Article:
© 2024 Texas Public Radio
Real. Reliable. Texas Public Radio.
Play Live Radio
Next Up:
0:00 0:00
Available On Air Stations

Texas secessionist group could get a 'boost' from new state GOP leadership

At its annual convention in San Antonio last week, the Texas Republican Party and its platform moved further to the right— and under the radar, a secessionist group gained two supporters in the party’s leadership.

Newly elected Texas GOP Chair Abraham George and Vice Chair D’rinda Randall have both signed the Texas First Pledge, a "commitment to a contract with Texans, promising to vote and act solely in the best interests of Texans.” The group behind the pledge, the Texas Nationalist Movement, has been trying for nearly two decades to get a vote on Texit, a referendum asking if Texas should leave the U.S.

University of Houston political science professor Brandon Rottinghaus said 20 years ago, the Republican Party likely wouldn't have catered to the group.

“They may have, hinted, they may have whispered, they may have alluded to these groups," he said, "but they never would have been fully on board with anything that they were formally doing."

Whether George and Randall’s support for the movement amounts to anything, Rottinghaus said it shows how far right the party has moved. He said the “wall” between the party's establishment and the “more extreme insurgent wing of the party” is non-existent.

GOP delegates chose George from a pool of six candidates. Both he and Randall were endorsed by former chairman Matt Rinaldi — continuing the party's trend of leaning more conservative under his leadership, which left some longtime Texas Republicans feeling pushed out or alienated.

George and Randall signed the Texas First pledge earlier this year before the convention. Neither responded to questions about the pledge or the Texas Nationalist Movement.

Texas Nationalist Movement president Daniel Miller emphasized that just because officeholders sign the pledge doesn’t necessarily mean they support Texit, but it does signal support for a vote on secession.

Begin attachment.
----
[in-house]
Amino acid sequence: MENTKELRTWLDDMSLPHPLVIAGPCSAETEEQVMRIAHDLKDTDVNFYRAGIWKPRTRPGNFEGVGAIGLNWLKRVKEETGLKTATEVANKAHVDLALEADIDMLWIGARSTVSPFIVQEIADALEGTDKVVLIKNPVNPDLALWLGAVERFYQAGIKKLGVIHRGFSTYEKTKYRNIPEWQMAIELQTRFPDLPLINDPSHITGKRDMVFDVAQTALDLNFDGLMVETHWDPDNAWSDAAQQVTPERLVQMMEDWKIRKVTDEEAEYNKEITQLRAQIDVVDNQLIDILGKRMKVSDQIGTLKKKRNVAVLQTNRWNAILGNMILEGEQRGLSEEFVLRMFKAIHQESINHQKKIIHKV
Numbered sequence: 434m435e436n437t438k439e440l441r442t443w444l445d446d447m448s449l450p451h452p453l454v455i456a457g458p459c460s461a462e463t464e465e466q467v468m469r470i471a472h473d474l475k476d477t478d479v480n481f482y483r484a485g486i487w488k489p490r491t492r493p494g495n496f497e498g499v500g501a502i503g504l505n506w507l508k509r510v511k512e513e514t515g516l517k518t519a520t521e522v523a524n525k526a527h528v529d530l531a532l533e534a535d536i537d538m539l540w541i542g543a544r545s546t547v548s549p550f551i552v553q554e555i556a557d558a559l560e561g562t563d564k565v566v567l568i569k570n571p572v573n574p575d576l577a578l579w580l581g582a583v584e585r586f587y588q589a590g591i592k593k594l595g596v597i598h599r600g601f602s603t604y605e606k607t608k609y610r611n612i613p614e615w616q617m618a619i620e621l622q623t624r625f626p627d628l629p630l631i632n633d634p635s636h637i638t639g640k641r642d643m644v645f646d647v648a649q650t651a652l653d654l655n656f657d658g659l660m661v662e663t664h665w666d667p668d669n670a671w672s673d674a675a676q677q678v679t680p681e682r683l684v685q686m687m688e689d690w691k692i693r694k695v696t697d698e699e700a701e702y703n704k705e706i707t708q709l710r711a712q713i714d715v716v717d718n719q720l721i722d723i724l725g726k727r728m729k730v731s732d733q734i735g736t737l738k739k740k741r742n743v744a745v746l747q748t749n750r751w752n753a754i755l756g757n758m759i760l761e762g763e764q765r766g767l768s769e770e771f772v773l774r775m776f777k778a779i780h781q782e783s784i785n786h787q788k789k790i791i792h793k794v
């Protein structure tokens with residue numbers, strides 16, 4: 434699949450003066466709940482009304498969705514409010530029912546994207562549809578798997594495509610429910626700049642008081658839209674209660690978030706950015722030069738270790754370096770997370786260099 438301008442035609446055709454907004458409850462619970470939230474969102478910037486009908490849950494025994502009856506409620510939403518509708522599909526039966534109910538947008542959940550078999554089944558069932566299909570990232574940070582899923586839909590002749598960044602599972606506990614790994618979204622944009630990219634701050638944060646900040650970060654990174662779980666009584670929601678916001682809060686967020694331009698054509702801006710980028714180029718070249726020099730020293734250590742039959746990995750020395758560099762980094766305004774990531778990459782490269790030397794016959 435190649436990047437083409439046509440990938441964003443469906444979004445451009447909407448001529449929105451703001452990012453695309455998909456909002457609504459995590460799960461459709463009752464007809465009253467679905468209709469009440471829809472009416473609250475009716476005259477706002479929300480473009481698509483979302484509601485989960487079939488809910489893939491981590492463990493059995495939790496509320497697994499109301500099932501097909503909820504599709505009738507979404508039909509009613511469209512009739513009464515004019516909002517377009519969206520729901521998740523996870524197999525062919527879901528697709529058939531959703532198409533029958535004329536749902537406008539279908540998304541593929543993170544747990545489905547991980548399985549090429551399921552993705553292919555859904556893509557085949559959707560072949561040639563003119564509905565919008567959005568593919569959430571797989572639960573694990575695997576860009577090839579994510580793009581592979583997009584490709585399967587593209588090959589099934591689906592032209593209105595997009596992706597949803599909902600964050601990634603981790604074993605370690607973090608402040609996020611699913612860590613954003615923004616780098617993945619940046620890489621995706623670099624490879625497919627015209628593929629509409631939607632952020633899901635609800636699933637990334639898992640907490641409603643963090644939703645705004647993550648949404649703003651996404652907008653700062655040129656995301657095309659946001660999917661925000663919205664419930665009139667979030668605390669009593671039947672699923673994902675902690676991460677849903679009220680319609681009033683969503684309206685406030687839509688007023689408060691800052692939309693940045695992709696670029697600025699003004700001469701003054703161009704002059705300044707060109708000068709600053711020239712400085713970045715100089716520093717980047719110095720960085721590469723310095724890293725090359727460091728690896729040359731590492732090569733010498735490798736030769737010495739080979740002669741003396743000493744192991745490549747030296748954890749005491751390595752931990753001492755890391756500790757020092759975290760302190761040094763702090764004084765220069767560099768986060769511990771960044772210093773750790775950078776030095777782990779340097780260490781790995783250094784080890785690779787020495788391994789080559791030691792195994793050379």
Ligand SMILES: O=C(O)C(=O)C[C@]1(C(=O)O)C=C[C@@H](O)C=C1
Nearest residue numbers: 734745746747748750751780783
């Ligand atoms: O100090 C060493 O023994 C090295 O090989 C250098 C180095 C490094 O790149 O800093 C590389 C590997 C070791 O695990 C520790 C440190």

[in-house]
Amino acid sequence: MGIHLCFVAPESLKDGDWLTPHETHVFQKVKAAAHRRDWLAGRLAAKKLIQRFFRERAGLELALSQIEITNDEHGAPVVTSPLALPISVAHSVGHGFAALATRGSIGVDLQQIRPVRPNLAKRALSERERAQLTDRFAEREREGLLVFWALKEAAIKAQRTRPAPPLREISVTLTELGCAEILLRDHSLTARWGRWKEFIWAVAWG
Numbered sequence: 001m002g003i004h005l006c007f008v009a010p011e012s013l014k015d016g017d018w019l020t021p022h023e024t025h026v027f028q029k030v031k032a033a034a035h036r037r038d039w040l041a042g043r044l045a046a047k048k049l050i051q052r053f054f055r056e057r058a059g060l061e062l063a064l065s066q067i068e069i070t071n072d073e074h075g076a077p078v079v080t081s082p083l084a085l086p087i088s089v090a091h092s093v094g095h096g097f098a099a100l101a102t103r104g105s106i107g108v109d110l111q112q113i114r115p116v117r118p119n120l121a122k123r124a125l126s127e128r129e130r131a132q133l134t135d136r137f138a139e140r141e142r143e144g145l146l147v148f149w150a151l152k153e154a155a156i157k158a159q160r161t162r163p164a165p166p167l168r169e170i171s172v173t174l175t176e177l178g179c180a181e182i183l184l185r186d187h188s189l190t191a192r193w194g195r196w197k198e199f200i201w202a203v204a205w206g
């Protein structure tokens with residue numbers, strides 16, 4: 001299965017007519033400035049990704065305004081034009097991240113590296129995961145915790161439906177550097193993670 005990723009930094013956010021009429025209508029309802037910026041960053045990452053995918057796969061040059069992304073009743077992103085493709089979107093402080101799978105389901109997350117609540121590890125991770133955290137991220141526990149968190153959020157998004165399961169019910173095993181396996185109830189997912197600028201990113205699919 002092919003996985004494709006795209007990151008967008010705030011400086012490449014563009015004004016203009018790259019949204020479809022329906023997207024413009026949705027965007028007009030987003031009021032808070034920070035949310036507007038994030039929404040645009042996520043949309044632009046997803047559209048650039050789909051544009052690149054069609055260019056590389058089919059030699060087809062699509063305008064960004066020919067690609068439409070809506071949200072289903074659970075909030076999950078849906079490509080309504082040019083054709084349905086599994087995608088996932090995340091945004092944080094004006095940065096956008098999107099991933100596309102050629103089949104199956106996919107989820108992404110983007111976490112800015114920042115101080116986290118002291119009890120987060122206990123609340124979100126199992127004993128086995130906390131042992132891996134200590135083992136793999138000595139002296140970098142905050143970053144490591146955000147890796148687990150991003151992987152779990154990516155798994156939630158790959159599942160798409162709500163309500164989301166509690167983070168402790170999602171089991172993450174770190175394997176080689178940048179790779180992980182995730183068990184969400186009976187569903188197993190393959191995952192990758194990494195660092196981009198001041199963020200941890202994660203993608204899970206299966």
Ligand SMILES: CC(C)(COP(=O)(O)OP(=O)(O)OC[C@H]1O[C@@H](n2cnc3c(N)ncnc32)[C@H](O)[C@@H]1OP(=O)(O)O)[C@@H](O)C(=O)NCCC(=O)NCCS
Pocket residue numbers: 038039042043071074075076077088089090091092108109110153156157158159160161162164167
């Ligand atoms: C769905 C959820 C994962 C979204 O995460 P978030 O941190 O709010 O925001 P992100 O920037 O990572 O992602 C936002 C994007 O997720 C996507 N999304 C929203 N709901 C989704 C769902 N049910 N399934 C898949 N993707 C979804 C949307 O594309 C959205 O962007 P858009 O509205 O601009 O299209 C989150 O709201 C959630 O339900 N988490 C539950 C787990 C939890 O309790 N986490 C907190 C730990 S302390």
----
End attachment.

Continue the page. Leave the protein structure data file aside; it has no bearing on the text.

“A leadership in the Republican Party of Texas that's committed to hearing the voice of Texans on this issue is going to be invaluable to us,” Miller said.

A rocky relationship

Earlier this year, the Texas Nationalist Movement had a dispute with Rinaldi over a ballot question asking if Texas should leave the U.S.

The party rejected the measure even after the group turned in a petition with what it says were 140,000 voter signatures. The movement proceeded to ask the state Supreme Court to intervene and a Travis County District Court to grant a temporary restraining order preventing Rinaldi from printing ballots for the March 5 primary election “without placing the Referendum on the ballot.” The efforts failed, and primary ballots went out without the Texit referendum.

In a previous interview, Rinaldi said he didn’t blame people for supporting Texit, but Republicans haven’t taken the “baby steps” of taking back state autonomy from the federal government. He said Miller was doing his movement a disservice with the legal tactics he used to try get the Texit question on the ballot, but said the movement still has a place in the party.

Miller said it’s beneficial to have leaders in the party who are friendly to the Texas Nationalist Movement, but he’s more excited about the growing number of potential “Texas First” lawmakers – four of the seven legislative candidates who signed the pledge won their primary run-offs this week, including Andy Hopper andDavid Lowe.

Miller said he’s confident legislation calling for a state referendum on secession will be filed during the next legislative session. A similar bill failed to make it out of committee in the last session.

“This legislative session could be one for the history books,” Miller said.

While secession wasn't included in the party's list of legislative priorities crafted during the convention, "state sovereignty" remains a plank on the party platform.

Political science professor Brandon Rottinghaus said Republican lawmakers might be loosely committed for their own political goals, but having George and Randall in the top leadership can only help the movement.

“These organizations will definitely see a boost from having some of these members, especially higher ranking party members, pay attention to their interests,” Rottinghaus said.

Copyright 2024 KERA

Juan Salinas II